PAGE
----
Dutch Farms also offers shredded blends formulated specifically for lasagna and quesadillas. Both feature region specific cheeses to assist the home cook with adding authenticity to the dishes.
Plymouth, Wis.-based Sargento Foods has taken a different approach to make its cheeses melt more consistently and creamier. The cheesemakers add extra cream to the milk before the curds coagulate. The higher fat content yields a smoother, easier-to-melt cheese.
Some cheesemakers have eliminated the melt in order to offer dairy-based “patties” for flexitarians seeking non-meat burgers. Such no-melt cheeses are not new and in several countries they are part of traditional cuisine. Think Indian paneer and Greek halloumi. They are fresh, semi-firm and made with cow’s, goat’s or sheep’s milk, alone or as a blend. The cheese doesn’t melt due to the protein structure, with moisture, salt, fat, age and acidity all having an impact. They are vegetarian friendly. Like other cheeses, milk is the main ingredient.
Some cheesemakers are taking no-melt cheeses to the next level and offering them in grill-ready forms, which include being marinated with seasonings and oil. They are formulated to be heated directly on the grill, just like a burger, with the cheese developing a char-grilled, golden crispy outside and a warm and creamy soft inside.
Helping with entertaining
Fighting food fatigue is one battle, but for the very social, remembering how to entertain is a skill that may need to be relearned post-pandemic. Kansas City-based friends Janine Akers, DeAnne Dodd and Shelley Reed were feeling that way in the summer of 2021, so they partnered to form Artful Apps and then developed Crackerology Cracker Kits, a line of convenient appetizers. The all-in-one kits were created so everything needed to make 24 appetizers is included in the box and may be put together within minutes.
The four savory varieties all include shelf-stable, dairy cheese from Dairyfood USA, Blue Mound, Wis. Wine & Rosemary contains savory, buttery crackers with a touch of red wine, rosemary and a hint of pepper, along with cheese schmear, preserves and a savory nut topping.
Such shelf-stable products are processed cheeses formulated to be safe when held at ambient temperature, which makes them suitable for being packaged as an ingredient in such kits.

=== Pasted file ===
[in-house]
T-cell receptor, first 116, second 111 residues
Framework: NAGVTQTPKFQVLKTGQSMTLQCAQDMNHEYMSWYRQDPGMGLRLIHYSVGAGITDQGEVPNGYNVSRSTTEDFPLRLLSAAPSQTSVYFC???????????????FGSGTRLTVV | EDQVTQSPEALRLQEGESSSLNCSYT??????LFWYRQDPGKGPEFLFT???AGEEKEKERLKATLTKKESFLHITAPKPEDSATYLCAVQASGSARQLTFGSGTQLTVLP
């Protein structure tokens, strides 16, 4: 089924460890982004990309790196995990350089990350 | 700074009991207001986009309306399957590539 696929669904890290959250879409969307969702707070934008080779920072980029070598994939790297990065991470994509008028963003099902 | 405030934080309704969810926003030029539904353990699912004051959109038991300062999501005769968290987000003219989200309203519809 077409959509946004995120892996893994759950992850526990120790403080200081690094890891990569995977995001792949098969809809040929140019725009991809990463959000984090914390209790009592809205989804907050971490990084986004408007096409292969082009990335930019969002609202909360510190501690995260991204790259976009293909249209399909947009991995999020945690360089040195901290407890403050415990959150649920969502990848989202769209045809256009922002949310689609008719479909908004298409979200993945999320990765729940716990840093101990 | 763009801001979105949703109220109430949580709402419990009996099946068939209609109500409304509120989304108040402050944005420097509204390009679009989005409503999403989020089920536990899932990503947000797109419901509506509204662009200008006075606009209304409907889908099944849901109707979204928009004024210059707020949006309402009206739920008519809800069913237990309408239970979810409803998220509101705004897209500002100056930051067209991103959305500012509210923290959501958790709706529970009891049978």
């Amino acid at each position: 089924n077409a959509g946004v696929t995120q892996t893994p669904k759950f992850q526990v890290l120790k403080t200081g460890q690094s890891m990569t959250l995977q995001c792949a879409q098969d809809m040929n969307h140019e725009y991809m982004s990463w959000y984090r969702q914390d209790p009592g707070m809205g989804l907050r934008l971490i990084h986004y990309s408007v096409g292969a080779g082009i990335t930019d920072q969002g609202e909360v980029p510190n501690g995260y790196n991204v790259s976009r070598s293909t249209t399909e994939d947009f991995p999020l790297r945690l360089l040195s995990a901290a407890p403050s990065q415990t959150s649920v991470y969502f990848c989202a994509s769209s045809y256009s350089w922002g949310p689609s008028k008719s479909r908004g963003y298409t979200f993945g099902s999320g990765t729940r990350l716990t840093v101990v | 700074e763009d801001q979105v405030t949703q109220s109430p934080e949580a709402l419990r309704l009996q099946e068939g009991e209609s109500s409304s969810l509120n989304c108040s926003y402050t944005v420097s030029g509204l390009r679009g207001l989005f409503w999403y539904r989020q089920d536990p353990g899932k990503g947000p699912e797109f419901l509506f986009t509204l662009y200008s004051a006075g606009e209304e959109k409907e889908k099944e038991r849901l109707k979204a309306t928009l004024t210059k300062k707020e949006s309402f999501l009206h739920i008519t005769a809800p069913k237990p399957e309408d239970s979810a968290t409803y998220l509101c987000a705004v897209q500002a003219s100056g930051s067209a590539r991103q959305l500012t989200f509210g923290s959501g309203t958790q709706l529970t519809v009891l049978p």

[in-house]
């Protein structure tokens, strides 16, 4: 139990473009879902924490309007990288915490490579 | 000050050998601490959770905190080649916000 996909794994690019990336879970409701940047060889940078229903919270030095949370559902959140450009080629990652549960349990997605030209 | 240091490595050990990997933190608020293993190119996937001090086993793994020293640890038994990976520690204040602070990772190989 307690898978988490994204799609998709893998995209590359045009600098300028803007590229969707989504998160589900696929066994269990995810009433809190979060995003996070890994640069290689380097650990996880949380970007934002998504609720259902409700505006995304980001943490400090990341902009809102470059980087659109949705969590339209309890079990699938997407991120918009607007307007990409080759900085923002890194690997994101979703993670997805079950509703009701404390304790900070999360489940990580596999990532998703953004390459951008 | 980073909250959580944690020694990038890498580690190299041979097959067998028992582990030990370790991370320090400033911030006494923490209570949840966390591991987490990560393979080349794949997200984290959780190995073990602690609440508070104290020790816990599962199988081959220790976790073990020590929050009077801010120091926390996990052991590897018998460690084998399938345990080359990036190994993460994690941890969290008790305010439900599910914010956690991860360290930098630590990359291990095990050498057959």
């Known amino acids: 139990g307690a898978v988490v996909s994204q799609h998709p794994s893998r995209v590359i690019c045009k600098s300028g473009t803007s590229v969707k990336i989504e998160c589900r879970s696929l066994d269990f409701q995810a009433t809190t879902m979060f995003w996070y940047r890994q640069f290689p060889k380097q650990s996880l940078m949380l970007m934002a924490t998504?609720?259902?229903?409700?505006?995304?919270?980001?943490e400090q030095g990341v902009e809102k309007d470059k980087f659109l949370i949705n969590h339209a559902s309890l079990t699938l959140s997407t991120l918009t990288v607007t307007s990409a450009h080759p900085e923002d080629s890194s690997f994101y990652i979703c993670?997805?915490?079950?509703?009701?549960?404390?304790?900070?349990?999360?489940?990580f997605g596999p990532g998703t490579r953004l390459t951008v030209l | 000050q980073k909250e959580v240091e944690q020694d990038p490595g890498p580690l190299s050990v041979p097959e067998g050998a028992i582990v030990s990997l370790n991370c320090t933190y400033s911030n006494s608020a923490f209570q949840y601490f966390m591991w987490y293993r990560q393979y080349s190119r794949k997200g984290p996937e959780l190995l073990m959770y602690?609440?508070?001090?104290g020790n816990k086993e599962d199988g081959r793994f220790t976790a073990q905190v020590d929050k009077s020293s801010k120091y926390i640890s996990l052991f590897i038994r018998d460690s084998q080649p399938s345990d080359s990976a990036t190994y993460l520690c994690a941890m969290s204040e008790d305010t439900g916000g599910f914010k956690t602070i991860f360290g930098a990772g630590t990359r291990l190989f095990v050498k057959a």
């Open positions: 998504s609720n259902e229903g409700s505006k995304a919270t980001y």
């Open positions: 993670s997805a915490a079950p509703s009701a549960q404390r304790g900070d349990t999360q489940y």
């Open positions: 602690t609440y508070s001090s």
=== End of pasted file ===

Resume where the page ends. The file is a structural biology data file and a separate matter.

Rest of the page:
Anderson International Foods, Jersey City, NJ, is assisting in the entertaining department with the introduction of Stuff n’ Roll, which is a sheet of fresh whole milk mozzarella that may be filled with ingredients to create healthy, low-carbohydrate snacks or upscale hors d’oeuvres. The company also plans to introduce the Brigitte’s Spirit line of brie, which comes with an accompanying layer of fruit (apricot, fig or guava) paste for easy plating.
Everything tastes better with cheese
Cheese adds flavor, color and visual appeal to all types of foods. It also contributes important nutrients — most notably protein and calcium — and in some applications, functionality, as it provides a cohesive mass to bind other ingredients, including vegetables and seasonings.
With hundreds of varieties of cheese to choose from, it’s fairly easy to get creative and provide consumers with a culinary adventure.
Choosing the right cheese is as much about taste as it is performance. When microwaving a handheld sandwich, the cheese must stay inside the pocket. An alfredo sauce in a frozen pasta entre must not separate or form a film after heating. And in a baked cracker, the cheese flavor must be identifiable.
Many recipes rely on enzyme-modified cheeses. Known simply as EMCs, the ingredients are concentrated cheese flavors formed by the enzyme-catalyzed hydrolysis of cheese curd. The result is a viscous slurry that has as much as 10 times the flavor of the original cheese. They provide the option to reduce or replace dairy commodities for cost savings while increasing overall flavor impact and consumer-perceived product quality. They have low usage levels and allow for claims such as “made with real cheese.”
These emulsions are typically heat stable; therefore, they do not lose their strength during processing or reheating. Because they are made from real cheese, they also provide authentic mouthfeel and aroma.
Processed cheeses are also often a go-to for food formulators who want to add cheese flavor but do not want to deal with the inconsistencies of using natural cheese, which is a living product until heated. Processed cheeses are designed to have a controlled, creamy melt with no separation or stringiness.
Another option is restricted-melt processed cheeses, as well as no- and low-melt natural cheeses, such as feta, halloumi, queso blanco and paneer. These cheeses are useful as inclusions in everything from sausages to bread. These cheeses get creamier when heated, rather than oozing and losing form.